Whether the Koch brothers, or any corporation spends serious resources to manage politics, cultural views, all towards corrupting the world towards their very narrow interests.

We, at theVMC, were learning how to read balance sheets and publically traded corporate publications. Looking at the balance sheet statement one person asked  if Gold Corp had $800 million in cash on hand or some other figure. What struck  me is while they’re accumulating and playing with billion$ and billion$ to their ends, we can’t even read about value at a 2nd grade level. If we’re serious about winning, not only do we need economic literacy in their system but in an alternative economic model, we need to know how to create value in our communities so that we are secure enough in our own resources and collective cultures for creating those resources, that we can then strike out en-masse into creating cooperative culture and economies even where competitive exploiters have seemingly always ruled.

Want to put your feet on the path to make that kind of capacity, i.e., our own economy, happen? Find a credit union you can win the election to the board for, and then turn financing towards your own community based co-operative federation. Start your own mass-media via wifi-mesh-networking (use your fingers to google it, not to scratch your head) so your peoples’ economy can promote itself to all the other people. But don’t sit on your ass, and wait for the rest of the shit piles to hit the fan. Don’t whine at the state-capitalists’ feet for this or that crumb. Let’s get ours! And then tranform those who prefer to take from others.

                                            

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Commentaires

Manager vs owner institutions

Hey Greg,

First, great article. Not to privilege the economic sphere over any other, but considering the long-standing infiltration of capitalist thinking into *all* spheres of life, it seems obvious that we need to seriously tackle this issue and start building real economic alternatives that meet material needs outside of the limits of current structures while also manufacturing vision and hope as we go, in a sense. I also think you should submit this line to the International Foundation for Hilarious Metaphors... "trying to talk economics with activists usually seems like I’m trying to describe hell-and-brimstone to unicorns while they bathe in a moral rainbow." So good!!!

Second, you hinted at what seems like a very important distinction (and an extremely relevant one to the coop movement in particular) between coordinator/managerial-capitalism and owner/investor-capitalism, and their respective modes and institutional forms. Both seem equally dangerous and necessary to overcome, with their own challenges (a topic worthy of an article in itself!), but with respect to your ideas around federated coops, mesh networks, etc., how do people interested in those ideas avoid reproducing managerialism or petit-capitalism in their own radical economic institutions? Or do you think there's even much risk of this in the first place?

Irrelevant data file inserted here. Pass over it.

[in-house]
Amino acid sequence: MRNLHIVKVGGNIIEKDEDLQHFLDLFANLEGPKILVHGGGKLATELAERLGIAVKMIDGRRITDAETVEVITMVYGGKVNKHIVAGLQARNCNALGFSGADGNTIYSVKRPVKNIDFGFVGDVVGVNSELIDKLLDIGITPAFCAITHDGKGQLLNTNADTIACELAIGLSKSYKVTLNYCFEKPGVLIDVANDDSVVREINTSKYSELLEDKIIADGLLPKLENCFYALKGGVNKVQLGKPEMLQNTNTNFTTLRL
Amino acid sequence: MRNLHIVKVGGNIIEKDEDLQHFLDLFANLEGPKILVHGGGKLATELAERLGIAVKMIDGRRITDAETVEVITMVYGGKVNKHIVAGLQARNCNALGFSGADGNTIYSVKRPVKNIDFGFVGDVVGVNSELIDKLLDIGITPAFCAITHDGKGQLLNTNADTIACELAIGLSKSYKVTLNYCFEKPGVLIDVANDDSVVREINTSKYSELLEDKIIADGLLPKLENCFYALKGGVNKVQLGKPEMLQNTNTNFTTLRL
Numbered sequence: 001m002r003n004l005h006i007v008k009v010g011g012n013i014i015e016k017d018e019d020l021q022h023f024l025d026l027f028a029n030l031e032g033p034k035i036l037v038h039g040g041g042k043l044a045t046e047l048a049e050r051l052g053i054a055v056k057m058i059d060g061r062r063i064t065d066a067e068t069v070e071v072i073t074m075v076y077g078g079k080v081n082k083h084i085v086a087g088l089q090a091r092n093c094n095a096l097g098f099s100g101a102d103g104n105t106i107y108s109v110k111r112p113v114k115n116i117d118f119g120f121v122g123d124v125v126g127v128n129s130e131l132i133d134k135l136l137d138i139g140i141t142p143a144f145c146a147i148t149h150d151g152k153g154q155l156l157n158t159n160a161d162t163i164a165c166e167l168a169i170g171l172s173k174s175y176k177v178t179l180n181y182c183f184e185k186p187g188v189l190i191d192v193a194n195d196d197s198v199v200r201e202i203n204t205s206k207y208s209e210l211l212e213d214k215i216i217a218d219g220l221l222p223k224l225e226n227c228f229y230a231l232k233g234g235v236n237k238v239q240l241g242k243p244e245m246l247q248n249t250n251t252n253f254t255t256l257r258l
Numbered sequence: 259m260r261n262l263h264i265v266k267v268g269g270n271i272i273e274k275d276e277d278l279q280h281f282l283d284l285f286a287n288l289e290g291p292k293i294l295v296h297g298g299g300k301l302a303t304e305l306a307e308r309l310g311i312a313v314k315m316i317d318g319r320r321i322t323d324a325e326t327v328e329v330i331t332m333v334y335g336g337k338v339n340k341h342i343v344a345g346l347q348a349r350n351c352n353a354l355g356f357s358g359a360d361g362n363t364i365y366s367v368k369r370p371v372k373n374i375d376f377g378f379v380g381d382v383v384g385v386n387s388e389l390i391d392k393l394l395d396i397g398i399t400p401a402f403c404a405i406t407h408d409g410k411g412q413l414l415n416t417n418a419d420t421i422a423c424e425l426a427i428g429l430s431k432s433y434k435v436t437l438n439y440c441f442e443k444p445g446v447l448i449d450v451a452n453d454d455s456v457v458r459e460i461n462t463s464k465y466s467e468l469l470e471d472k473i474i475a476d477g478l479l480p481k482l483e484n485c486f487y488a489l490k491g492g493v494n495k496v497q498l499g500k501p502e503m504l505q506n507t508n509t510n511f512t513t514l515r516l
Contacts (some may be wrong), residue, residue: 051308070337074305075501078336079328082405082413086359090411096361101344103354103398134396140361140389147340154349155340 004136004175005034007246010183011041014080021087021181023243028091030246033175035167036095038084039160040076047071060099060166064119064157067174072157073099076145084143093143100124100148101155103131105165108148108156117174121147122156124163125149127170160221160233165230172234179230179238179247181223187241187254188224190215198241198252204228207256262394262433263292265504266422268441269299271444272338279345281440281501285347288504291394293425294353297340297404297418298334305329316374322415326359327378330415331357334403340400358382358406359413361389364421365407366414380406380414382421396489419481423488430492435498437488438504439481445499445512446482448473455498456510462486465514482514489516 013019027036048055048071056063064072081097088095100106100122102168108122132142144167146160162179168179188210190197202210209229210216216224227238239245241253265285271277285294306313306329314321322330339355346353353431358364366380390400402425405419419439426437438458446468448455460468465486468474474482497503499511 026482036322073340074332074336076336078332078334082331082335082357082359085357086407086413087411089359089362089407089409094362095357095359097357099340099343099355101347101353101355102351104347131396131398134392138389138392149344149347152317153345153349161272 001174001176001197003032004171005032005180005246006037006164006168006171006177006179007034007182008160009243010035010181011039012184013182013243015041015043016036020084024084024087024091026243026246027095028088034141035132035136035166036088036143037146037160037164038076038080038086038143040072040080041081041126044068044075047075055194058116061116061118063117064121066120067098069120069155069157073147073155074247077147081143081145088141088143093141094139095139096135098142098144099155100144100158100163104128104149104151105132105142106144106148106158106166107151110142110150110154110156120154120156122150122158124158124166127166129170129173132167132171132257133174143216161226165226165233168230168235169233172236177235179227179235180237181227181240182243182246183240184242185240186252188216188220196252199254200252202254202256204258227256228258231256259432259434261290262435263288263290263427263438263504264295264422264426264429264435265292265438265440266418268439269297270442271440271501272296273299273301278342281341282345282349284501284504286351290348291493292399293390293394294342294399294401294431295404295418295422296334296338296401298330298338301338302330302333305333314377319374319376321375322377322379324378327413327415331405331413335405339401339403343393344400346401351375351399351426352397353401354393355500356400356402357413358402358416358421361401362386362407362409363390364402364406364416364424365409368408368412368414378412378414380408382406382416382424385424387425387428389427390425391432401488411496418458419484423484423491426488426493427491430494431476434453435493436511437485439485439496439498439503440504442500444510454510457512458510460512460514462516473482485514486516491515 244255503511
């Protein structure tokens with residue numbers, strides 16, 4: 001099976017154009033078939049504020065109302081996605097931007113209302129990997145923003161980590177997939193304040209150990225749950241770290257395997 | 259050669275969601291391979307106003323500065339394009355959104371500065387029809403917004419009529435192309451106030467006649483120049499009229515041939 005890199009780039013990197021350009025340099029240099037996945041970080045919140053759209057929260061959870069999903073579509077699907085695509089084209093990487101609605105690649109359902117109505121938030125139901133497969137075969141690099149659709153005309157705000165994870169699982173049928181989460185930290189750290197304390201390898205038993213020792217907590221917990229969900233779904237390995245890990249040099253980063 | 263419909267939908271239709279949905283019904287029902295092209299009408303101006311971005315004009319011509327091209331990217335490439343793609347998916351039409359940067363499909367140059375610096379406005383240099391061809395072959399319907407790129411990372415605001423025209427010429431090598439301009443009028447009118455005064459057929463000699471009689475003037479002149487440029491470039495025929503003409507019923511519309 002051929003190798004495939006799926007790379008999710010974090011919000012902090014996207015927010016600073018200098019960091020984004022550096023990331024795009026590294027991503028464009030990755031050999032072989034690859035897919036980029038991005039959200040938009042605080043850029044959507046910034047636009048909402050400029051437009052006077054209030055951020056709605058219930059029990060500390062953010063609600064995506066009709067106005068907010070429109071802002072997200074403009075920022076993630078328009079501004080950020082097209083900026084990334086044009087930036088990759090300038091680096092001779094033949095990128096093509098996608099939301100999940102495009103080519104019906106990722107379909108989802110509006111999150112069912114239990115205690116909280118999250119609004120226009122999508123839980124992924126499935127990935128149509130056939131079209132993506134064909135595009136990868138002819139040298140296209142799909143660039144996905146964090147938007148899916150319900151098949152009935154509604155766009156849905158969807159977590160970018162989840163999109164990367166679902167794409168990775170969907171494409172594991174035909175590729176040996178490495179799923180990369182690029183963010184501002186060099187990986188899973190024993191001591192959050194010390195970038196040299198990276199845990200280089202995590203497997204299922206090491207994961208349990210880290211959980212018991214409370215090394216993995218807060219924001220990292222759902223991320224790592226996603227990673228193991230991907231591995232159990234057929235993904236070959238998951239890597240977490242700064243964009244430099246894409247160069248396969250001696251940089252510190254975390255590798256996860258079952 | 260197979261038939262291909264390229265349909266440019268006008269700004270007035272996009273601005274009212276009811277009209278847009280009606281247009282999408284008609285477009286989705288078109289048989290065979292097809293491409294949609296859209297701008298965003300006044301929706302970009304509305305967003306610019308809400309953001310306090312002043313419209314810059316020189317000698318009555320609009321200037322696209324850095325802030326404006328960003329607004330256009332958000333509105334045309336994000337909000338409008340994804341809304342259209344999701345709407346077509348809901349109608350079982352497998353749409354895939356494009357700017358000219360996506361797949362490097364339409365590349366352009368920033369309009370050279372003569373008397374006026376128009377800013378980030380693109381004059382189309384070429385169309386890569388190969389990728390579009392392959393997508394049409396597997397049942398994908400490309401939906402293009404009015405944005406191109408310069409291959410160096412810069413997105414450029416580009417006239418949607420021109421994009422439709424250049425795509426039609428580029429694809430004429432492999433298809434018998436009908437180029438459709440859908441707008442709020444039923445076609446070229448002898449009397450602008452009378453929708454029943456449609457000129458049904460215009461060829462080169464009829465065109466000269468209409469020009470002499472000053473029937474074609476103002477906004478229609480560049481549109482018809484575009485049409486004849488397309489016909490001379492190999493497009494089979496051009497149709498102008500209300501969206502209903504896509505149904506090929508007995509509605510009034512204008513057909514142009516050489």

Thanks again for the article!

Andre

Real Risk

I think there is a real risk of the birthmarks we carry from this culture, following us into the new world and contaminating it to such a point that the new world morphs back to the old we came from. 

This is why we need to be incredibly diligent and invite creative debate and study to identify historic trip-lines that destroyed the best of systemic-change intentions.

In the end - we win

No matter what happens, and things actually look frighteningly sad, we win.

That the current "model" of the "free capitalistic" society will come to a close. Perhaps one could say "transition is a bitch sometimes". Really though. It ^%&# wil be! Many thousands(every day) are already dying of treatable diseases and starvation. Yes, of course, these are symptoms of the system itself, but the transition Greg speaks of, will be fucking hard.

I welcome the change and it will happen eventually. As we head towards collapse and towards the critical mass of the new age of collective participatory economics on a much more local scale. Perhaps this is the age of a "new globalism"? One that is truly sustainable? Certainly sounds much more interesting and realistic.

Yet, it is the transition that looms. Perhaps we are starting to take baby steps with a global awareness of this really unhealthy (being kind here) societal system and that there are other ways societies can develop.

Yes, much to learn and unlearn.

I just need a few more rainbows and unicorns dude.

Thank you for the post, MAN! (wink wink - nudge nudge)

Tami

 

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Greetings,

Your comments appear to coincide with the thinking of the JASeconomy Group here in the SF Bay area. Check out our website: http://www.jasecon.org

-bernard

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JASecon working group
info@jasecon.org
www.jasecon.org